Using Career Quizzes to Narrow the SearchJun 20th, 2011 | By Editor | Category: Career Advice
If you’re struggling to decide on a career path, career quizzes can be a useful and fun way to begin. Even if quizzes don’t lead directly to a quick decision, they can help you get to know both your aptitudes and your needs in a job.
What Are You Into?
Most people have a good idea of their general interests, but lack the variety of experience they need to identify their ideal working conditions. Career quizzes give you a good idea or whether you prefer things like lots of interaction with people, a dynamic work environment, quiet time for solo work, or a certain level of structure.
You can find lots of different types of work in just about any field. Almost all fields have careers that require different kinds of activity. Think of it this way: a writer could write novels alone or rush around a busy city reporting on the news. One line of work requires longs periods of intense focus and solitude, while the other calls for endless energy and constant interaction with strangers. A reporter and a novelist both write, but have drastically different working styles. If you can find the one that works best for you with career quizzes, you’ll have a much greater chance of success.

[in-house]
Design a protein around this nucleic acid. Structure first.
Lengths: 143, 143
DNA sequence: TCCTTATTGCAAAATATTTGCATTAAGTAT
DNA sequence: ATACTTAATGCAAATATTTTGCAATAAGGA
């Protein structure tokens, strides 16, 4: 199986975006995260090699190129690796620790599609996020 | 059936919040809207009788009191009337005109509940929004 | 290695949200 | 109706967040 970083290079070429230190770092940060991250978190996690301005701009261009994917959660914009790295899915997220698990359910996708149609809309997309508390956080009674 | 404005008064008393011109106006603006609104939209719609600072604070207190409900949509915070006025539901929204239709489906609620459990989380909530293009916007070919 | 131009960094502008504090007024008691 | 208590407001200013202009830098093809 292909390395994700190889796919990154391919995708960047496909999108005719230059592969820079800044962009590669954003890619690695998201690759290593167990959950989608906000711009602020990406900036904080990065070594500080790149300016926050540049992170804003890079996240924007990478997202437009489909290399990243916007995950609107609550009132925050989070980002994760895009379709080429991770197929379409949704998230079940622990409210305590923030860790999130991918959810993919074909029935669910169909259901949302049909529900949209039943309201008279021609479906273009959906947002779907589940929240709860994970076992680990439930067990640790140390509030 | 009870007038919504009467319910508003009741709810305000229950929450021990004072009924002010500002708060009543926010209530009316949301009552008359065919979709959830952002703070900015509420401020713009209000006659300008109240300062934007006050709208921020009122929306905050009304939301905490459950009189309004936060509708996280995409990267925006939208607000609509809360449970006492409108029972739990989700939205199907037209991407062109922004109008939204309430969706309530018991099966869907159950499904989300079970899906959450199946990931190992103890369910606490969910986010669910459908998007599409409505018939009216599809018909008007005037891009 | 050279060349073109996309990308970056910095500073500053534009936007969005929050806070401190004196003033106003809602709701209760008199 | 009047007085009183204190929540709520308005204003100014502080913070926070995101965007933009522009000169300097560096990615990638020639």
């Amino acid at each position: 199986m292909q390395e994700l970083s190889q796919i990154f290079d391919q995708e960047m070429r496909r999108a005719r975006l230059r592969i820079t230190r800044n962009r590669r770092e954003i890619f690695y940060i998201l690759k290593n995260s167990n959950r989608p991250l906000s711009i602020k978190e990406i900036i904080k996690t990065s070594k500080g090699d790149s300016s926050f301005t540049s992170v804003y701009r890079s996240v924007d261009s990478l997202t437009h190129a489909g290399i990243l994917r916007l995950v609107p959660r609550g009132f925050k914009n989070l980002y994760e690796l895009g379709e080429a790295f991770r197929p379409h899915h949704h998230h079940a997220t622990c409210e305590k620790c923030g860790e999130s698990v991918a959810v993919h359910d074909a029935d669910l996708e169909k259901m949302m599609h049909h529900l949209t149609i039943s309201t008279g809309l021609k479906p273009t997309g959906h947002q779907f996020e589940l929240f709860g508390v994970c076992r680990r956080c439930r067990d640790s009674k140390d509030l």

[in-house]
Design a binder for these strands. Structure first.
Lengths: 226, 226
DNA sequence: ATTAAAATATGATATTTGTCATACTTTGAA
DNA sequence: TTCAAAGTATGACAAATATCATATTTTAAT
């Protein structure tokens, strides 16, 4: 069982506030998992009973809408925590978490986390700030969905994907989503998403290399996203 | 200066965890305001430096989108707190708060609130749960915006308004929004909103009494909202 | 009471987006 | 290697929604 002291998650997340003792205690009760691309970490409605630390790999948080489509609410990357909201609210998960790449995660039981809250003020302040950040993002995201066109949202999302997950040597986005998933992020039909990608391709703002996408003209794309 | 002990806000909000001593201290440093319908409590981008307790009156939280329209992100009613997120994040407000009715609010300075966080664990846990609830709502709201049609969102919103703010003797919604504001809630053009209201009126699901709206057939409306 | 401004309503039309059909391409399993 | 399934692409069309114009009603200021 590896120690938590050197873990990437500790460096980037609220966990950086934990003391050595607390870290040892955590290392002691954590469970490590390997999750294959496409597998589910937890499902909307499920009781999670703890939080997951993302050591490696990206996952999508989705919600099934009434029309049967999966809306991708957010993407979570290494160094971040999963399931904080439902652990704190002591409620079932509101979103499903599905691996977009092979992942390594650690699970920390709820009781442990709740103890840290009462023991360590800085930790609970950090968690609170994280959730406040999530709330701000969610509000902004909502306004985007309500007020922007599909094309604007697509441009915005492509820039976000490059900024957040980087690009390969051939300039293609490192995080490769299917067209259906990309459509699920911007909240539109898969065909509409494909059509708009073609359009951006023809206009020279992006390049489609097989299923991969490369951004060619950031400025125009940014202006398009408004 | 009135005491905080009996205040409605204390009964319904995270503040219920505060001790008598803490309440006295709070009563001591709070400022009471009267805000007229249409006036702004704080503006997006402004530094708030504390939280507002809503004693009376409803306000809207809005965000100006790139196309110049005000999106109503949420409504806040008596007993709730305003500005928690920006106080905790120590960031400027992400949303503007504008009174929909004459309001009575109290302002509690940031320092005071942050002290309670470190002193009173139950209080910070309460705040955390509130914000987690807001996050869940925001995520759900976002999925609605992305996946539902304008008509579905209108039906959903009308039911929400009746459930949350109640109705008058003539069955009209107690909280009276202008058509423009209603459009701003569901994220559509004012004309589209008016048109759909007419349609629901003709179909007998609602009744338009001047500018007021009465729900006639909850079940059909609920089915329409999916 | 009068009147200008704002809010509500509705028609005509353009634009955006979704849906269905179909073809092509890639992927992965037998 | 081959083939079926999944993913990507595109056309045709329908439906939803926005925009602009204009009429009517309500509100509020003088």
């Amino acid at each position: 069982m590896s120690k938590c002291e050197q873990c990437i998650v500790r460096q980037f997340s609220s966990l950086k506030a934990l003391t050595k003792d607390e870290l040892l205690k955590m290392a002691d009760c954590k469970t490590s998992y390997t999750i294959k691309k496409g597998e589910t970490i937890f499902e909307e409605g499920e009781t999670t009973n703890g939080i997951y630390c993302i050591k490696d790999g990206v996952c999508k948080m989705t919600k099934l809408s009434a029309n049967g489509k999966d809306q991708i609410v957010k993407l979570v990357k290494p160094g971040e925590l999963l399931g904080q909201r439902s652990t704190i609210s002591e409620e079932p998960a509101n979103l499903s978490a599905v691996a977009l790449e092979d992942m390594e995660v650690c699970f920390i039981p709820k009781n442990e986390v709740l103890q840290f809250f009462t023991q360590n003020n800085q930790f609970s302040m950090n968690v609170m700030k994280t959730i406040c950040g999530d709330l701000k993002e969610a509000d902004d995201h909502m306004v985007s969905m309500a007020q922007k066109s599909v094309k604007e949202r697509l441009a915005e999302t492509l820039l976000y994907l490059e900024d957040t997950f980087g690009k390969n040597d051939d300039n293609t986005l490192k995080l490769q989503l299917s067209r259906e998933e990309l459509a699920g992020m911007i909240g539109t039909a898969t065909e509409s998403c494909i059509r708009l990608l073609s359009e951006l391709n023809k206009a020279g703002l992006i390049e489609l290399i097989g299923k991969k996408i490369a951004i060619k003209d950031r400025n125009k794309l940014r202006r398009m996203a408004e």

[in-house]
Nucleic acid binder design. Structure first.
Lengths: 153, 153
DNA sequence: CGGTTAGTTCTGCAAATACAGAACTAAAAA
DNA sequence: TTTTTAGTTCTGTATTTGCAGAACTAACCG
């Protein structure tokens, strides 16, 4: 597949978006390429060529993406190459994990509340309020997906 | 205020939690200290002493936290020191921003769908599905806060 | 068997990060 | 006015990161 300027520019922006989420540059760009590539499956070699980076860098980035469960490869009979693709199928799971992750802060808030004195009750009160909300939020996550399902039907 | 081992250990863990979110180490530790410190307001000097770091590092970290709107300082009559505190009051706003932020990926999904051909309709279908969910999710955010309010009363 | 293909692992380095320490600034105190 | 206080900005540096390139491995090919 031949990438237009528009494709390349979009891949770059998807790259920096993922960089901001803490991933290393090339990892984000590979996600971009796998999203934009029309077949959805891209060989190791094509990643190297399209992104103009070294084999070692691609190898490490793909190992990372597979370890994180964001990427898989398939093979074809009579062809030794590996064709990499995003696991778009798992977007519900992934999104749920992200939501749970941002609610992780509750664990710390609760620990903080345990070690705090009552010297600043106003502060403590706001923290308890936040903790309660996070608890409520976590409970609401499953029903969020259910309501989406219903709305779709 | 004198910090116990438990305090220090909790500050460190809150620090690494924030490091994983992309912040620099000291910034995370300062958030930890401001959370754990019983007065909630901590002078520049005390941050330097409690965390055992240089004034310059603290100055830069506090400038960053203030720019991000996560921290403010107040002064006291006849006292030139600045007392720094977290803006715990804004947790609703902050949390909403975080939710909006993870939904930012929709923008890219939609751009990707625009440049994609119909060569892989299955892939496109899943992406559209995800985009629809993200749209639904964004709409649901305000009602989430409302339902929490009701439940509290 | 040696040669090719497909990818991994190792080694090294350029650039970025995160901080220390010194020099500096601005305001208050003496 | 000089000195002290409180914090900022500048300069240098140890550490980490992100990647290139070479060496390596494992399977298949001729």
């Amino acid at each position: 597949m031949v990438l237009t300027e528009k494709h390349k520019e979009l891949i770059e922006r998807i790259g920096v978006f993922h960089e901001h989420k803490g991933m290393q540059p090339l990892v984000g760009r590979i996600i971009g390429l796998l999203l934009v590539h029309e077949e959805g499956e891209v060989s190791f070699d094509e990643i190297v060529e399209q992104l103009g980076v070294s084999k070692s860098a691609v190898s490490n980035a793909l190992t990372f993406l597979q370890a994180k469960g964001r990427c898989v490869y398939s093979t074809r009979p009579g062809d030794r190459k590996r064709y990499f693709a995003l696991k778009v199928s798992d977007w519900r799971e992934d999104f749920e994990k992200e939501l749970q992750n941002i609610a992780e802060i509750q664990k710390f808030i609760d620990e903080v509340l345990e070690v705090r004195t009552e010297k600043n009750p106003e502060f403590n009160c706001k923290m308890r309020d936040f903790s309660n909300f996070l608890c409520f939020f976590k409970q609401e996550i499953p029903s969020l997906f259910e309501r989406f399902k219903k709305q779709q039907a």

What They’ll Tell You
Career quizzes can help you figure out what activities you would most enjoy, and why you prefer them over others. Both aptitude and personality tests together will give you a pretty clear picture of what you want in a job. The help us get a clear idea of our strengths or our interests. Use several different kinds of tests to get the best-rounded portrait of yourself that you can.
Where to Find Them
There are lots of self-assessment tools in career-related and job-hunting books, and even more on the Internet for your specific career. Quizzes aren’t enough in isolation, though–they cannot take the place of talking things out with experts like university advisors and career consultants. It’s also very helpful to discuss your career decision with friends and family who know you well and can point the traits and skills that they observe in you. Everyone is susceptible to discounting their own strengths (and weaknesses!), and other people often have a clearer view of the possibilities available and risks involved. Don’t let anyone discourage you unnecessarily, though–sometimes, you’re your own best judge. Tools like career quizzes can help you be your own objective observer.
Another use for career quizzes is helping you determine problem areas or ways you might improve your work habits. If you’re changing careers, keep in mind that the change you’re looking for is probably very specific–don’t let aspects you don’t enjoy follow you into your next venture.
Tests and quizzes may or may not lead directly to a new job or career, but they are a good way to start you thinking. Career quizzes can be a lot of fun and potentially life-changing–stay open to surprising results!
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